I read "The cycle_network=* key was originally introduced to avoid the ambiguity of generic network=* values.", so it seems apparent that there's some limitations with using network=*cn in the first place. There's already network:type=* being used for network:type=node_network. In the wild, I see there are 2285 network:area=*[1] and 504 network:name=*[2] instances. Particularly for the latter, one example network:name=Rivierenland is used on a network=rwn + network:type=node_network in a group around relation 1599205. Similarly, network:name=Scheldeland is used on network=rcn + network:type=node_network (instead of cycle_network=Scheldeland) around relation 1697611. There appears to be a cross-modal need to tag this. Are there any counterparts to cycle_network=* for network=*wn?
---- Kovposch (talk) 06:46, 19 May 2021 (UTC)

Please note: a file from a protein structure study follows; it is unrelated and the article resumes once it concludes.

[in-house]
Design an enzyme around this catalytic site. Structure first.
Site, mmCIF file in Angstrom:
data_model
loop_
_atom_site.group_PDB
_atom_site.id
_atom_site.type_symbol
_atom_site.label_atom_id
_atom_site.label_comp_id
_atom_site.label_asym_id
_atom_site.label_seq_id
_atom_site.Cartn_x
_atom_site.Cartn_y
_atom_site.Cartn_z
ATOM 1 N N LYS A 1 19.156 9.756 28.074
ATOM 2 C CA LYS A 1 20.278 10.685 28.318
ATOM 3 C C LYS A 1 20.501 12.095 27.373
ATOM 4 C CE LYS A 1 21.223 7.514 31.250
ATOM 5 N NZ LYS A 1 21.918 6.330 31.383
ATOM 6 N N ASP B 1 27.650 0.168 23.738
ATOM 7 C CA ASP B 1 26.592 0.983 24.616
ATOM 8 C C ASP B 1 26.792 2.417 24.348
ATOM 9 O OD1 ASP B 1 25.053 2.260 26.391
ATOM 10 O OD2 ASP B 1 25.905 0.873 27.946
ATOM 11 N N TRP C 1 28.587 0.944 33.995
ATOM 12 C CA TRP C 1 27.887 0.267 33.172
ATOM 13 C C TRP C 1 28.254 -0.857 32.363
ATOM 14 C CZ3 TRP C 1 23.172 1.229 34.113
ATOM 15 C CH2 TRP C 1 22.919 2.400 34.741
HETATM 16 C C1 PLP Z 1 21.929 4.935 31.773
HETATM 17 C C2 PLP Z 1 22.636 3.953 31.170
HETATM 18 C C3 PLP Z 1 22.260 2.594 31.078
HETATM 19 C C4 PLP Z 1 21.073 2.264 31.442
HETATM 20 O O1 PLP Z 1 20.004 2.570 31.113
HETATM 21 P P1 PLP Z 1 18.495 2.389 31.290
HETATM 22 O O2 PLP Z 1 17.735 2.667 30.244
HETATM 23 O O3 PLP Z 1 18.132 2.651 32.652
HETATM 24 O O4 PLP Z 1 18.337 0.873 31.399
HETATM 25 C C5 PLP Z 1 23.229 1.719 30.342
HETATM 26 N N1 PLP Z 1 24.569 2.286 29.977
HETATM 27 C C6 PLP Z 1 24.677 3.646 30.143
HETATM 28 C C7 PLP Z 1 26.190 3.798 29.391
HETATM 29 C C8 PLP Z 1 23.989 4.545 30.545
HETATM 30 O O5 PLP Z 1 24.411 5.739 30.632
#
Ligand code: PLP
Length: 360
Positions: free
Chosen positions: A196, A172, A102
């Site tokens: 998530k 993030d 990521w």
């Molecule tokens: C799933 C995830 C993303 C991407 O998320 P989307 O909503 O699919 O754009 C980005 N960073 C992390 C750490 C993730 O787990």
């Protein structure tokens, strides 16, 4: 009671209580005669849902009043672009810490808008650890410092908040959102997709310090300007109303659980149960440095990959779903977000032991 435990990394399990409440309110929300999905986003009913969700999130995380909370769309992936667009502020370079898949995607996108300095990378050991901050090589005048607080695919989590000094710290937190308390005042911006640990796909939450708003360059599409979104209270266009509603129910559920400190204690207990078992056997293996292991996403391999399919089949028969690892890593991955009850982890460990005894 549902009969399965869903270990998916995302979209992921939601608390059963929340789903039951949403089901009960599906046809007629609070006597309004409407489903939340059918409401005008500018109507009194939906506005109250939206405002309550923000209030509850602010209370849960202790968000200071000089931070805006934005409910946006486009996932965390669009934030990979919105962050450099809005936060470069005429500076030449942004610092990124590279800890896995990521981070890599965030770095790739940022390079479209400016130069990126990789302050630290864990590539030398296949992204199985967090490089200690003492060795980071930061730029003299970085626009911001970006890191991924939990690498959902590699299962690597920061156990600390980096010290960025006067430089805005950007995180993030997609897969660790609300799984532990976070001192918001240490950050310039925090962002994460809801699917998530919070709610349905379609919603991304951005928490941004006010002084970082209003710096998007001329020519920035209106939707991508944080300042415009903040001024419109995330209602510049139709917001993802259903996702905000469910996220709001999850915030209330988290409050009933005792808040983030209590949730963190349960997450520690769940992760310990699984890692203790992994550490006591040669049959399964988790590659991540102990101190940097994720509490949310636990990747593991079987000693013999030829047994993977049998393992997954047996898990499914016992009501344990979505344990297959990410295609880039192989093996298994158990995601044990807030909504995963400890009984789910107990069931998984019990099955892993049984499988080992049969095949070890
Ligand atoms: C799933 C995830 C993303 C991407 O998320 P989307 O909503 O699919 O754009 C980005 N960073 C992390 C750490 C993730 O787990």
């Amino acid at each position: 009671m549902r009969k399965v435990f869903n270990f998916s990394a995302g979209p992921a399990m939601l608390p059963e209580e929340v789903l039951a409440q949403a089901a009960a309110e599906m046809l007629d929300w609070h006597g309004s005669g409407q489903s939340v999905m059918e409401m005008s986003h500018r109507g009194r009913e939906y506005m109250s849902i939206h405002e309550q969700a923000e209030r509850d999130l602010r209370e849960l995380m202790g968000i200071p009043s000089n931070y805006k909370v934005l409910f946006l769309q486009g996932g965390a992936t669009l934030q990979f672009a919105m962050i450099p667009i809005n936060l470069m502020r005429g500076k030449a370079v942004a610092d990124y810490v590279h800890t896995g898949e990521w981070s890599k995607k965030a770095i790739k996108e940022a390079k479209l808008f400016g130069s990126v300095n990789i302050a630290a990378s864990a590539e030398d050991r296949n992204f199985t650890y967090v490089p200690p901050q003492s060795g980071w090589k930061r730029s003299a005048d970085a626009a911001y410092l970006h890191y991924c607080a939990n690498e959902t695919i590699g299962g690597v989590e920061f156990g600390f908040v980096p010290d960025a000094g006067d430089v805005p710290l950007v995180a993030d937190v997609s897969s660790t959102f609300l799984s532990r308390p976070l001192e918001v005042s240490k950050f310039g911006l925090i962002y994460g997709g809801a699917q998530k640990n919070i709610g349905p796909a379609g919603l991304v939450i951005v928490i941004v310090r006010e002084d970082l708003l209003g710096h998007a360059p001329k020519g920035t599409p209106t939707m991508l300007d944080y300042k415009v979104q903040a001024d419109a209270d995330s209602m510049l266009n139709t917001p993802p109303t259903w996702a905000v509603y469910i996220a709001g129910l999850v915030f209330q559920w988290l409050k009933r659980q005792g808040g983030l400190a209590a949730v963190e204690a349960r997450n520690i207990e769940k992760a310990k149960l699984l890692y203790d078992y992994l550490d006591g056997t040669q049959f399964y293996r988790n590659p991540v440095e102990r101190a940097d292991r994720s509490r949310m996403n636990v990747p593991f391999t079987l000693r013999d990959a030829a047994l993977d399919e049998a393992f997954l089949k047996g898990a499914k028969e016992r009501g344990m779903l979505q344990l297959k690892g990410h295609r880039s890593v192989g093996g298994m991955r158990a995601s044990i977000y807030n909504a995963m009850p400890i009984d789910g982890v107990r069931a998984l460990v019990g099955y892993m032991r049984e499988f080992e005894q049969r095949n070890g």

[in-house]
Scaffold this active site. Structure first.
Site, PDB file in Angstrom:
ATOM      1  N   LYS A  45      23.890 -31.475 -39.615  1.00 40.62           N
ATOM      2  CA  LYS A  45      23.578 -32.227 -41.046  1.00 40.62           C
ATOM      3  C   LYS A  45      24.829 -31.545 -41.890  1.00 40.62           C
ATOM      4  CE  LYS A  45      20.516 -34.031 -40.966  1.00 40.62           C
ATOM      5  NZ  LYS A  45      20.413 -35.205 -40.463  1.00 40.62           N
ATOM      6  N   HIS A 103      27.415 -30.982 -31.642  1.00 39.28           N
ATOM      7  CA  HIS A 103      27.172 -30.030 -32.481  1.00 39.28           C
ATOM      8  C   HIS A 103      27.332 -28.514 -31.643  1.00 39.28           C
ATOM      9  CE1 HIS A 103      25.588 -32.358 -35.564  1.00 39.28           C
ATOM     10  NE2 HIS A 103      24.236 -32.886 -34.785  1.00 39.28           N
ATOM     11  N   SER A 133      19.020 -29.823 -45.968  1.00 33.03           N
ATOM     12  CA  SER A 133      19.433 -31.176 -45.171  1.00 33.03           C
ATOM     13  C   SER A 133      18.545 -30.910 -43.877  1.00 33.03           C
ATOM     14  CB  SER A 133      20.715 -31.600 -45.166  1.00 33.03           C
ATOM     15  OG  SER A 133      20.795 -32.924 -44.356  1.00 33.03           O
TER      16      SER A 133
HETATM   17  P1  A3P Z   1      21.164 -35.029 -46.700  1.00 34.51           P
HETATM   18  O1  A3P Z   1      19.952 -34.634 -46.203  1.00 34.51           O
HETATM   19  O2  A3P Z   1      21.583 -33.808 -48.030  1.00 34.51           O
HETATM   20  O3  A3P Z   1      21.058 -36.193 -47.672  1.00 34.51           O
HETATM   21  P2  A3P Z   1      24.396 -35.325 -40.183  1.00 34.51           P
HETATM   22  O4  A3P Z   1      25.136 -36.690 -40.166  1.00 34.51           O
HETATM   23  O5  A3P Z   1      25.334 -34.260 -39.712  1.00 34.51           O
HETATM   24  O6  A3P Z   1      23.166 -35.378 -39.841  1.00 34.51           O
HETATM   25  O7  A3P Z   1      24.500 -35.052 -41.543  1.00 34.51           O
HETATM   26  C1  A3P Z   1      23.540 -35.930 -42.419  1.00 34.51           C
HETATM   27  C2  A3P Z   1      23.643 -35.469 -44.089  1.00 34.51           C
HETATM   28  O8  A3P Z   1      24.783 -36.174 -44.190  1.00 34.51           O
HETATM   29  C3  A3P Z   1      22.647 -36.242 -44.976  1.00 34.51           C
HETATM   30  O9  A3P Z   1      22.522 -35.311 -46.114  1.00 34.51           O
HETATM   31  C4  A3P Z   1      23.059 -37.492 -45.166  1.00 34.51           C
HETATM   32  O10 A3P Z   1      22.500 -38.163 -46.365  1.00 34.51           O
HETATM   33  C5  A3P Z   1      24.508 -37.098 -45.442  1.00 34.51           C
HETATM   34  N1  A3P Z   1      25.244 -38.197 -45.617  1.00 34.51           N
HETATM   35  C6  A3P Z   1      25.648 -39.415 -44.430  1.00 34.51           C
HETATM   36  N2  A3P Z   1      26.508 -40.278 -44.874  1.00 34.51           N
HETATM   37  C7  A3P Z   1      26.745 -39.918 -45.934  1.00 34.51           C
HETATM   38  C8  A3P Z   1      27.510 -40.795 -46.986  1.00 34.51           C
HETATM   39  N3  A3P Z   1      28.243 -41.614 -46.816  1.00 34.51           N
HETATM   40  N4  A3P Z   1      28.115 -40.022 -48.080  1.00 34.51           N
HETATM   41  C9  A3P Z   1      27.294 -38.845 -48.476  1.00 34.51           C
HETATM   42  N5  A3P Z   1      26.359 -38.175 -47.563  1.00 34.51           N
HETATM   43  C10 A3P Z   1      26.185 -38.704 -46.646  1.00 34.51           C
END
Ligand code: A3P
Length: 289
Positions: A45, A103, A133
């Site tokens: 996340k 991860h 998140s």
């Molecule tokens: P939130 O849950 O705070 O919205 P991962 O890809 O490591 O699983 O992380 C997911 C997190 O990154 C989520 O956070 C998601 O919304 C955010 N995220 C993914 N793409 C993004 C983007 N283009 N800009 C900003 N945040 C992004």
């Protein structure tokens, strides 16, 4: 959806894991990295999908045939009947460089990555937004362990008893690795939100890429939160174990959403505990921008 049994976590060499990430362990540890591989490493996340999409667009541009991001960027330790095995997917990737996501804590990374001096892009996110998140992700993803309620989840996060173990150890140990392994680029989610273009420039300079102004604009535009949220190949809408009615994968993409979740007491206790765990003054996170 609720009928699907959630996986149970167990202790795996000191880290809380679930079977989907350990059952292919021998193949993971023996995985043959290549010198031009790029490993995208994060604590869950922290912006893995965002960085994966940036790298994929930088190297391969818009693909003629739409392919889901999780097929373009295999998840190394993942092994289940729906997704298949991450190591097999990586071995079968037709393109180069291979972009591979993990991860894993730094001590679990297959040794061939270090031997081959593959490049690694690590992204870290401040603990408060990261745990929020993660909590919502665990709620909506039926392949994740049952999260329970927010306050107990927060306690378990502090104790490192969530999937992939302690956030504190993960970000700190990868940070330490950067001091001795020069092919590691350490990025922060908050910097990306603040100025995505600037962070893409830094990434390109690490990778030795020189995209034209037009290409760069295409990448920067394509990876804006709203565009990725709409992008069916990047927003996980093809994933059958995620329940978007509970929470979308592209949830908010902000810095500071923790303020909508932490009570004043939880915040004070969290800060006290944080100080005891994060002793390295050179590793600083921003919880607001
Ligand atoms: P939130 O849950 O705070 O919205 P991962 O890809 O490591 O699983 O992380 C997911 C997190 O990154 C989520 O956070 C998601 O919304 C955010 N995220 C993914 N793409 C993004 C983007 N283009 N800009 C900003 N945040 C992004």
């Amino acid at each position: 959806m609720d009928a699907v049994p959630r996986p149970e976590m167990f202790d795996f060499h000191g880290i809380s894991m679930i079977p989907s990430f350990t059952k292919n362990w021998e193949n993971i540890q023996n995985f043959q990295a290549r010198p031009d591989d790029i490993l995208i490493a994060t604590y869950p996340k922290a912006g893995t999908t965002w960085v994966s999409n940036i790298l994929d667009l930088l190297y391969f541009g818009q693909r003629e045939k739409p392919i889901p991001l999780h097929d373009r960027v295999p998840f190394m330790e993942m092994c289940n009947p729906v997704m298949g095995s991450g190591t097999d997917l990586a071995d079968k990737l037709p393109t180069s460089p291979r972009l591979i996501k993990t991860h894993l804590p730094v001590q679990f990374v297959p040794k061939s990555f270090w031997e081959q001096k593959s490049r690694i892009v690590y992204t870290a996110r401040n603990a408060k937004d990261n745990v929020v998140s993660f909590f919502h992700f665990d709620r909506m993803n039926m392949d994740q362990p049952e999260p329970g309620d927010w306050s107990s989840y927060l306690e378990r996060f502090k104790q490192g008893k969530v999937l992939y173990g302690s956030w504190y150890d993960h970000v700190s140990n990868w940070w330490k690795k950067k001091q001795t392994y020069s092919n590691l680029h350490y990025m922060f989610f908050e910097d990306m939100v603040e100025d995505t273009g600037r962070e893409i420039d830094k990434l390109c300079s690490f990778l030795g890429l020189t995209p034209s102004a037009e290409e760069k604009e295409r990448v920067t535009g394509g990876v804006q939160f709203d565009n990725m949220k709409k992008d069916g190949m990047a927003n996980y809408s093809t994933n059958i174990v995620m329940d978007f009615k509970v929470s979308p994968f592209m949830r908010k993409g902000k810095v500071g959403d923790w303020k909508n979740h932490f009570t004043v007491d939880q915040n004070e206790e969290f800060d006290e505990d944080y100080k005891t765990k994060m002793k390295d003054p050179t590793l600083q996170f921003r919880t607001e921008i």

@Kovposch: You have a point about cycle_network=* being unnecessarily limited to one mode of transportation, though I don't know of a better way to name a key that's supposed to carry the same semantics as network=* apart from the recreational route network format. network:for_real=*? Many cycle_network=* values carry more information than country plus name. The original U.S. values can get every bit as hierarchical as network=* values for road routes, for example cycle_network=US:CA:SF or cycle_network=US:NY:NYC. network:name=* would be more appropriate if all values were just names, as in how network=* is used on rail and public transit infrastructure. – Minh Nguyễn 💬 18:14, 14 August 2021 (UTC)